It occurred to me, as leaves drily rustled under my steps and the sun broke through naked trees to throw shadows across my path, that I really don’t know or understand what aspiring innkeepers take away when they attend a seminar.
What made me think of that was conversations I’ve had lately with seminar graduates, when I felt their distress, anxiety or maybe discomfort in their new role as an Innkeeper. I feel that I want to make sure a new innkeeper instead feels good about their decision to be an innkeeper, that innkeeping is what gives them zest and vitality, that they have chosen well and have confidence in that!
In the old days we gave weekend seminars (now they are one day episodes), for which I devised a form to be filled out with your strengths and each partner’s identified “weaknesses”, your abilities, likes and dislikes. These could be things like embracing guest’s diversity, having a generosity of spirit, achieving cleanliness with a vengeance and being vigilant about endless details. We discussed quality in linens and décor, the need for the newest technology, updated outlets in the rooms and online reservation systems, websites that entice guests to your inn and partnering with local vendors.
In the seminar “So You Want to be an Innkeeper,” I stressed the personal concerns: your need for private time, taking care of yourself, spending time with your significant other, feeding your soul at odd times, a day off with each other and some alone time. Usually the first year has a big “learning curve”… you do it all! Learning from experience is what Innkeeping is all about. Buying a viable inn business, what is that? Buying an inn large enough to hire staff? Thoughtful training and supervising of your staff is vital: learning from them their local wisdom adds individual flavor and creates rapport as you teach them to be clones of your gracious and honest hospitality. The staff is your ultimate support and their efforts count in your guest’s satisfaction.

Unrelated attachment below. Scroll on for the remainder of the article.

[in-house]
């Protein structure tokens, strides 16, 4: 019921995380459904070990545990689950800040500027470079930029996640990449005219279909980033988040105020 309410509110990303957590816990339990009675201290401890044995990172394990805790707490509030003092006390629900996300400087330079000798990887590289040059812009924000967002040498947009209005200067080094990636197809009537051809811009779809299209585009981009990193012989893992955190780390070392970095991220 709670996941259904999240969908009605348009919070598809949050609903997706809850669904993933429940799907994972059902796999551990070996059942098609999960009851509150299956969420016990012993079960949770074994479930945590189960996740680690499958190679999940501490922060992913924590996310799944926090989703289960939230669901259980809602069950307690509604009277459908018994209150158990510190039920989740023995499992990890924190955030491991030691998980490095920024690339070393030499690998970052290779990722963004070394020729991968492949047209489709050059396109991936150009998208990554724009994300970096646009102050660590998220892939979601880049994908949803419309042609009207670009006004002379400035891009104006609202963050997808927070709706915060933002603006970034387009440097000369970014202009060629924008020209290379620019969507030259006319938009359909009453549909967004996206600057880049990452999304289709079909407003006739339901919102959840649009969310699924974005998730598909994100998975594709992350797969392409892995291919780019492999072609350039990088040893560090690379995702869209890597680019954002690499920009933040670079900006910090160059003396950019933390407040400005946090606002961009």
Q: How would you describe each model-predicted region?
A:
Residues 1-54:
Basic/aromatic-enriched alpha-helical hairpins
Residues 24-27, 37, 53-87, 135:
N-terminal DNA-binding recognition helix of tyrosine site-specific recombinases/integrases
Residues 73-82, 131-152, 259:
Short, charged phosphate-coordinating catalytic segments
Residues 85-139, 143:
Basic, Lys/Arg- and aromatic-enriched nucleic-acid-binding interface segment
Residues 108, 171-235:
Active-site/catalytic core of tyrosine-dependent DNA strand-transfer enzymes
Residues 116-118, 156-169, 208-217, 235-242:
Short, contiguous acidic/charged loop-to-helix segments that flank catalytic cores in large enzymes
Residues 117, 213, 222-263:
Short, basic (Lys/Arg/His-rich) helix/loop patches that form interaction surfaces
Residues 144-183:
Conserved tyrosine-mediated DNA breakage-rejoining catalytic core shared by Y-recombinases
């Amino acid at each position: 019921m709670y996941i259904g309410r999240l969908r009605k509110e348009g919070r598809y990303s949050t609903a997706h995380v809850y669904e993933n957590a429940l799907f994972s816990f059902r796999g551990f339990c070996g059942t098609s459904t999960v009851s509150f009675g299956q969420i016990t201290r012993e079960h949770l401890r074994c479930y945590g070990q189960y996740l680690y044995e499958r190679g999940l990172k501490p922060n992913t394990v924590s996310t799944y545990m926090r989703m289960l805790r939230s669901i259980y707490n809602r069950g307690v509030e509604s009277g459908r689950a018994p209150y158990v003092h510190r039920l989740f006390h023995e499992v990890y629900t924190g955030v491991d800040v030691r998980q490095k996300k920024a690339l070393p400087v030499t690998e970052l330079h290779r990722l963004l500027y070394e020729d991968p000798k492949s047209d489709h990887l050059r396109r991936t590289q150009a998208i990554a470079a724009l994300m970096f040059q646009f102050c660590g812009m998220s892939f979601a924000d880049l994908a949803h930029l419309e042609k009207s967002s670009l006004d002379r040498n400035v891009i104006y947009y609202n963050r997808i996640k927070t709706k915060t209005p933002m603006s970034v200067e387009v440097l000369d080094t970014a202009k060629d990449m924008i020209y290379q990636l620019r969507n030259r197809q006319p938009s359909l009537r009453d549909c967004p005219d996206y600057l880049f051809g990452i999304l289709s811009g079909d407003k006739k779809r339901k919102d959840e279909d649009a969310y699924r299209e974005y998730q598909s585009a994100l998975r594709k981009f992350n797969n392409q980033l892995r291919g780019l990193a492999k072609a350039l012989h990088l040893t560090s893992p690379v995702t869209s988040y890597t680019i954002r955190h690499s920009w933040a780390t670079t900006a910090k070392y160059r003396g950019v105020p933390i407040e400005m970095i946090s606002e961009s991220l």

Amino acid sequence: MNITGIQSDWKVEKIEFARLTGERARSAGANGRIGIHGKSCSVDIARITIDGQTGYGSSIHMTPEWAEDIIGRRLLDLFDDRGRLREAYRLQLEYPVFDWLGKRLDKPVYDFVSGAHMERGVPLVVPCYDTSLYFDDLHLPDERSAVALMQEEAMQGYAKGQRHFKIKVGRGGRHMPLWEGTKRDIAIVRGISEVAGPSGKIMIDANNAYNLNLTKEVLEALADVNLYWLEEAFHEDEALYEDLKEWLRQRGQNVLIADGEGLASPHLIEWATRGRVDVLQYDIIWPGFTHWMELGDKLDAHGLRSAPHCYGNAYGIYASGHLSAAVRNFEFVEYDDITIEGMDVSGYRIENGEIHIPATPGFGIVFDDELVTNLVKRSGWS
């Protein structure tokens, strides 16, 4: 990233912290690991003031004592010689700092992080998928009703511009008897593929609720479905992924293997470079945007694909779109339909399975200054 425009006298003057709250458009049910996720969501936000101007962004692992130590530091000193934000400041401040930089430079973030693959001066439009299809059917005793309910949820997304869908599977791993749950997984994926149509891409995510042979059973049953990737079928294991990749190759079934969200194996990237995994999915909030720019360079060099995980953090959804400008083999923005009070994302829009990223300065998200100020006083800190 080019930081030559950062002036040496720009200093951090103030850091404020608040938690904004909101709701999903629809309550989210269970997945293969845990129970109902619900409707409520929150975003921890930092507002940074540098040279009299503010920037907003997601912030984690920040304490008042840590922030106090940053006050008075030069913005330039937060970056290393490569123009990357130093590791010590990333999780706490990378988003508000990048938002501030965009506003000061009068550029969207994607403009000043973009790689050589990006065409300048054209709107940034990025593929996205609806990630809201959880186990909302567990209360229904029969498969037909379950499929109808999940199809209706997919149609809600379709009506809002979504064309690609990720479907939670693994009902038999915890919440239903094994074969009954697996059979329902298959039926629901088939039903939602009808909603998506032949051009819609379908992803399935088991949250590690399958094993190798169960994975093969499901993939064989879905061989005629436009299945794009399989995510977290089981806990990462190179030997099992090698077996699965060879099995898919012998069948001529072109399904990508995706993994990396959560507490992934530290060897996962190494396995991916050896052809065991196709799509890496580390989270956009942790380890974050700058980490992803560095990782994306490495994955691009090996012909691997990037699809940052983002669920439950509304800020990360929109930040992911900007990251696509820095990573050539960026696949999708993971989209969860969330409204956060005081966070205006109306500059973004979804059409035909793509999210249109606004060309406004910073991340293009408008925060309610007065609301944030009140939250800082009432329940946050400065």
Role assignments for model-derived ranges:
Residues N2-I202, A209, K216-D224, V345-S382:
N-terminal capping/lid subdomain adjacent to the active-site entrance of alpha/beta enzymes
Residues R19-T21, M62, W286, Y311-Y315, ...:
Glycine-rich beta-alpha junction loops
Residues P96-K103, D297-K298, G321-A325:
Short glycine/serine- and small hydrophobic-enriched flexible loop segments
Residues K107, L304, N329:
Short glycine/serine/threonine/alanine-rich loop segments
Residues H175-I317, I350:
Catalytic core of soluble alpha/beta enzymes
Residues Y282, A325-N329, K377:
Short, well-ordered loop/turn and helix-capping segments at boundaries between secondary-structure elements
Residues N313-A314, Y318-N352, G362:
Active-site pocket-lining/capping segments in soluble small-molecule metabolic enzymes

My main concern is that even so, some attended the seminar and were not honest with themselves about what they liked about hospitality. No, it is not entertaining friends at parties on weekends when you joined the fray! No, you do not drink with your guests at afternoon hors d’oeuvres or after dinner. Your guests are not your best friends, they pay your bills. It means giving up those free evenings you spend lounging around after work, those Saturdays you spend shopping with friends at the mall and going out to eat.
You choose linens not because they need “no–ironing”… but because the quality they present reflects your standards of excellence. In the same spirit, there is no compromise in the quality of the service you provide because you are paid for the excellence of all that you offer.
Yes, Innkeeping is a job, and it does not stand for compromise, but it is a lifestyle that is very rewarding if you personally create a milieu that is uniquely yours and one your guests appreciate. It provides a living that totally reflects your talents and values and allows you to be like no other profession: the master of your own fate!
Best wishes and I truly hope that you chose well.
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